Projects
Services
Government Bodies
Flag Friday, 7 May 2021
Minsk Overcast sky +12°C
All news
All news
Partners
04 May 2021, 17:23

Mainland Europe's first underground railway turns 125 in Budapest

A train is seen at Budapest's underground railway in Budapest, Hungary on May 3, 2021. Hungary's capital Budapest on Monday celebrated the 125th birthday of its underground railway, which was the first of its kind in mainland Europe and is the world's sec
A train is seen at Budapest's underground railway in Budapest, Hungary on May 3, 2021. Hungary's capital Budapest on Monday celebrated the 125th birthday of its underground railway, which was the first of its kind in mainland Europe and is the world's sec

BUDAPEST, 4 May (BelTA - Xinhua) - Hungary's capital Budapest on Monday celebrated the 125th birthday of its underground railway, which was the first of its kind in mainland Europe and is the world's second-oldest after the London Underground.

It is known as the Millennium Underground, as it was inaugurated in 1896, the year when Hungary celebrated the 1,000th anniversary of the arrival of Magyar tribes in the Carpathian Basin in Central Europe.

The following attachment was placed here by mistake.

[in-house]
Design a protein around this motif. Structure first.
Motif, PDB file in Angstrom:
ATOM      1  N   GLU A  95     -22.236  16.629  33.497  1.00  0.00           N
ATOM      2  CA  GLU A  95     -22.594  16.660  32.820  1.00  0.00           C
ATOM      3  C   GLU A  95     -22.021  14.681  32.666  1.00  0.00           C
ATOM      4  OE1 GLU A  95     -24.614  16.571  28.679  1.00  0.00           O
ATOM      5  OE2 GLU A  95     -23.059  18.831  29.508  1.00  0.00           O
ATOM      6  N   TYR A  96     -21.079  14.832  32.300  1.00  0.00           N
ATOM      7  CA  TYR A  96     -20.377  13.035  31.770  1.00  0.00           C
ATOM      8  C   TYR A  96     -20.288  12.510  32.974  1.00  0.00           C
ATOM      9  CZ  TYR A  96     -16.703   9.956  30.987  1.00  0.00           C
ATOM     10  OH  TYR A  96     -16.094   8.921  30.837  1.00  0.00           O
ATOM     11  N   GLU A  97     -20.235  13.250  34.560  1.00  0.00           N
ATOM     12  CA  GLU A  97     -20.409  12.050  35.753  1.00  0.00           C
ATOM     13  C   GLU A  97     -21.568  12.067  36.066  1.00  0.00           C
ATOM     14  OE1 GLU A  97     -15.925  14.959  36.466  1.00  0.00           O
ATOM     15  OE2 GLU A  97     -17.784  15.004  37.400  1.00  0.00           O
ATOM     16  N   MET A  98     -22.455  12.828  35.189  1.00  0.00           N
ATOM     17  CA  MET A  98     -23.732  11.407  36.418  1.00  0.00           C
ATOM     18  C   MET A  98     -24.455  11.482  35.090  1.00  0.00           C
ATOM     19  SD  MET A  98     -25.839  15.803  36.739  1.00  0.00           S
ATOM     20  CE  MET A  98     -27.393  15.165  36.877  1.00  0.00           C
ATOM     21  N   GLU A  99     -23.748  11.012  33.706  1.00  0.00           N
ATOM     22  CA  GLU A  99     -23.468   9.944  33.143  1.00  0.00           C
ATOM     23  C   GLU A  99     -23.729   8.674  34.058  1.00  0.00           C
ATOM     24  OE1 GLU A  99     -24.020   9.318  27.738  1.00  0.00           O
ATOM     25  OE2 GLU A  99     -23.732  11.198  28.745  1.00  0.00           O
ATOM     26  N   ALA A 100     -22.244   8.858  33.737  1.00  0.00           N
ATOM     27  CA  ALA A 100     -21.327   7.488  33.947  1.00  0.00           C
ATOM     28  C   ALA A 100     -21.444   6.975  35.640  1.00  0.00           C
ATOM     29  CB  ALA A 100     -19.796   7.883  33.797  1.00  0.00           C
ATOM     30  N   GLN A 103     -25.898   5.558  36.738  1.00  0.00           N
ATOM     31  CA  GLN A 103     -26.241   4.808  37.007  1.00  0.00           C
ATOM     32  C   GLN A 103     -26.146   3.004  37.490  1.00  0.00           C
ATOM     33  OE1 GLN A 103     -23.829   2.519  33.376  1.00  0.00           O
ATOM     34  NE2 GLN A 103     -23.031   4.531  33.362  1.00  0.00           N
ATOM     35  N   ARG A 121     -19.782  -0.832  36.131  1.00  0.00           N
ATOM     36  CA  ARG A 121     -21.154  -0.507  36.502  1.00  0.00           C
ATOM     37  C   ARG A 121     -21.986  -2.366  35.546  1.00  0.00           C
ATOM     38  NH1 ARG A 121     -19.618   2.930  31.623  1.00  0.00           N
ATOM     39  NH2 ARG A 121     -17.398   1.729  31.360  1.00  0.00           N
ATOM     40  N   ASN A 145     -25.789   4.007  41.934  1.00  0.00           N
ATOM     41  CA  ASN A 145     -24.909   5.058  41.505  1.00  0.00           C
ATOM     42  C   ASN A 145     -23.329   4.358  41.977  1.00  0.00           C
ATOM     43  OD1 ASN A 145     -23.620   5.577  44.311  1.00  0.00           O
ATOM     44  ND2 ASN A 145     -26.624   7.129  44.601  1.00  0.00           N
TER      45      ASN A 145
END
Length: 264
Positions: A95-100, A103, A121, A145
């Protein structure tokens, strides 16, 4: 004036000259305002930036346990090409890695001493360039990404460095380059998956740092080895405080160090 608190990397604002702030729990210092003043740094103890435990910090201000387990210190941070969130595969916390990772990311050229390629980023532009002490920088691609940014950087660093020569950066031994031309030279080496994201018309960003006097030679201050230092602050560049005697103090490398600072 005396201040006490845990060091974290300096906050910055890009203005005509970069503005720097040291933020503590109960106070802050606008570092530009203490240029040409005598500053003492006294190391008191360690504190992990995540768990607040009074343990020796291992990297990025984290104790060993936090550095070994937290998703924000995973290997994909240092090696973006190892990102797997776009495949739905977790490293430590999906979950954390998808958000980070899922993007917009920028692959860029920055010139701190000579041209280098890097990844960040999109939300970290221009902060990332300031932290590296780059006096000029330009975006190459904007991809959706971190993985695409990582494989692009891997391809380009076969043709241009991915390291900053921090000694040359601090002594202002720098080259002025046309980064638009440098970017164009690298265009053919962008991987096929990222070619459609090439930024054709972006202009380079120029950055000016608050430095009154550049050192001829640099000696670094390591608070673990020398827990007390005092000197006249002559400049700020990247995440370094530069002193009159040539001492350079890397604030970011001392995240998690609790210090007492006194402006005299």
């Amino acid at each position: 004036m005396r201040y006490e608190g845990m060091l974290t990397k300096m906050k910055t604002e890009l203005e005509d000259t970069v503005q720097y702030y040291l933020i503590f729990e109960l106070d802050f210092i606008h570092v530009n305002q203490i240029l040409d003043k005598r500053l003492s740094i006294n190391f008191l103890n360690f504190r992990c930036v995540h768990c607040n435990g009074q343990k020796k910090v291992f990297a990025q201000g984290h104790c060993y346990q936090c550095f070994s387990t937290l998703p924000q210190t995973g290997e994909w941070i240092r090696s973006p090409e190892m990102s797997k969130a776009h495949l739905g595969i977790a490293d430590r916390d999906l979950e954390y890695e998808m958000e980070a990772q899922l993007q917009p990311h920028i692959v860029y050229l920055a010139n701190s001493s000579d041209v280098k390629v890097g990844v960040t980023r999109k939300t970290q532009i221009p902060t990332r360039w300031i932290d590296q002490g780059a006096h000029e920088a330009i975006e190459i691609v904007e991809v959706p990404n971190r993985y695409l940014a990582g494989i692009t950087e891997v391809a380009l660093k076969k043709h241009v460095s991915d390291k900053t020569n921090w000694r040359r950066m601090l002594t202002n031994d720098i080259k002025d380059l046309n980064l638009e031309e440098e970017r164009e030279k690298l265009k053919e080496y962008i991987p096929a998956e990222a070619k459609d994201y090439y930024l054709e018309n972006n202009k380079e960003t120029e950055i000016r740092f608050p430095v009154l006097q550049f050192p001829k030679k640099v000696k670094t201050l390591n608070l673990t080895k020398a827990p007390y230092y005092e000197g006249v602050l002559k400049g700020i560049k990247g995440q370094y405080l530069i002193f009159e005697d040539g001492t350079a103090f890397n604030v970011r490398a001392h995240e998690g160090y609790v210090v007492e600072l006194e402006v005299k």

"The Millennial Underground is a favorite of generations of Hungarians and of tourists alike," the municipal transport company BKV said in a statement. In 2002, the underground railway was included in the World Heritage List of the United Nations Educational, Scientific and Cultural Organization (UNESCO).

The four-kilometer underground railway was a technical innovation in the late 19th century and it is still considered a milestone in the history of transport.

In 2020, the Institute of Electrical and Electronics Engineers (IEEE) named the Millennium Underground as one of the world's major technical milestones.

The construction of the underground railway line was a significant innovation in itself, but its low-floor cars with cabs on both ends were also state-of-the-art solutions.

One of the original cars, a timber-framed vehicle with track number 11 has been preserved in mint factory condition in BKV's museum in Budapest.

The 10.5-meter vehicle had a capacity of 46 passengers and was in service until 1960. It had a maximum speed of 50 kilometers per hour.

Due to the COVID-19 restrictions, BKV marked the day with an online event.

The Hungarian National Bank (MNB) issued a commemorative coin on the occasion.

Subscribe to us
Twitter
Recent news from Belarus